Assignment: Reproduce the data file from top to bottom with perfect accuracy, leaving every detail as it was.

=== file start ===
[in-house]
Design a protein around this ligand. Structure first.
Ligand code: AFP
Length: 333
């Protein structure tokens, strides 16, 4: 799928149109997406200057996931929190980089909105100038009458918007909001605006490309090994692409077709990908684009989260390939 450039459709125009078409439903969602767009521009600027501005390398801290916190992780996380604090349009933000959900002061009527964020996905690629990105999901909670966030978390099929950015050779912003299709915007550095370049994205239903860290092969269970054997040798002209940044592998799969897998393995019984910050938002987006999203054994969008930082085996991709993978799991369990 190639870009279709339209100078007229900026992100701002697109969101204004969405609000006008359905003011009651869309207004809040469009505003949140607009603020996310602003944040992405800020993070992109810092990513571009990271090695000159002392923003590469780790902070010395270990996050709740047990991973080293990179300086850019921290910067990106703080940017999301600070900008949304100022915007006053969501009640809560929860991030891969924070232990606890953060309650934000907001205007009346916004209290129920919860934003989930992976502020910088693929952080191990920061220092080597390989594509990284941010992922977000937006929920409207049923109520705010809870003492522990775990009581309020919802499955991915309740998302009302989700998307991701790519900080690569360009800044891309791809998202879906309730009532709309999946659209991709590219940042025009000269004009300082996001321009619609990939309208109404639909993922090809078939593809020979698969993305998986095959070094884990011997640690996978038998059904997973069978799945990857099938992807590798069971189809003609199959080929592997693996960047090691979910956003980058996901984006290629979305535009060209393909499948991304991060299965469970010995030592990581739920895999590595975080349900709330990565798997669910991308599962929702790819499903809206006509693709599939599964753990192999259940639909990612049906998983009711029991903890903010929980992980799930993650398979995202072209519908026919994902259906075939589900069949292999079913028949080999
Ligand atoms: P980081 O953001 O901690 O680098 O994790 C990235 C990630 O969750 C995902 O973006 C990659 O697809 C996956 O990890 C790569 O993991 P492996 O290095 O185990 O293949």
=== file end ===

[in-house]
Design a protein around this ligand. Structure first.
Ligand code: AFP
Length: 333
């Protein structure tokens, strides 16, 4: 799928149109997406200057996931929190980089909105100038009458918007909001605006490309090994692409077709990908684009989260390939 450039459709125009078409439903969602767009521009600027501005390398801290916190992780996380604090349009933000959900002061009527964020996905690629990105999901909670966030978390099929950015050779912003299709915007550095370049994205239903860290092969269970054997040798002209940044592998799969897998393995019984910050938002987006999203054994969008930082085996991709993978799991369990 190639870009279709339209100078007229900026992100701002697109969101204004969405609000006008359905003011009651869309207004809040469009505003949140607009603020996310602003944040992405800020993070992109810092990513571009990271090695000159002392923003590469780790902070010395270990996050709740047990991973080293990179300086850019921290910067990106703080940017999301600070900008949304100022915007006053969501009640809560929860991030891969924070232990606890953060309650934000907001205007009346916004209290129920919860934003989930992976502020910088693929952080191990920061220092080597390989594509990284941010992922977000937006929920409207049923109520705010809870003492522990775990009581309020919802499955991915309740998302009302989700998307991701790519900080690569360009800044891309791809998202879906309730009532709309999946659209991709590219940042025009000269004009300082996001321009619609990939309208109404639909993922090809078939593809020979698969993305998986095959070094884990011997640690996978038998059904997973069978799945990857099938992807590798069971189809003609199959080929592997693996960047090691979910956003980058996901984006290629979305535009060209393909499948991304991060299965469970010995030592990581739920895999590595975080349900709330990565798997669910991308599962929702790819499903809206006509693709599939599964753990192999259940639909990612049906998983009711029991903890903010929980992980799930993650398979995202072209519908026919994902259906075939589900069949292999079913028949080999
Ligand atoms: P980081 O953001 O901690 O680098 O994790 C990235 C990630 O969750 C995902 O973006 C990659 O697809 C996956 O990890 C790569 O993991 P492996 O290095 O185990 O293949």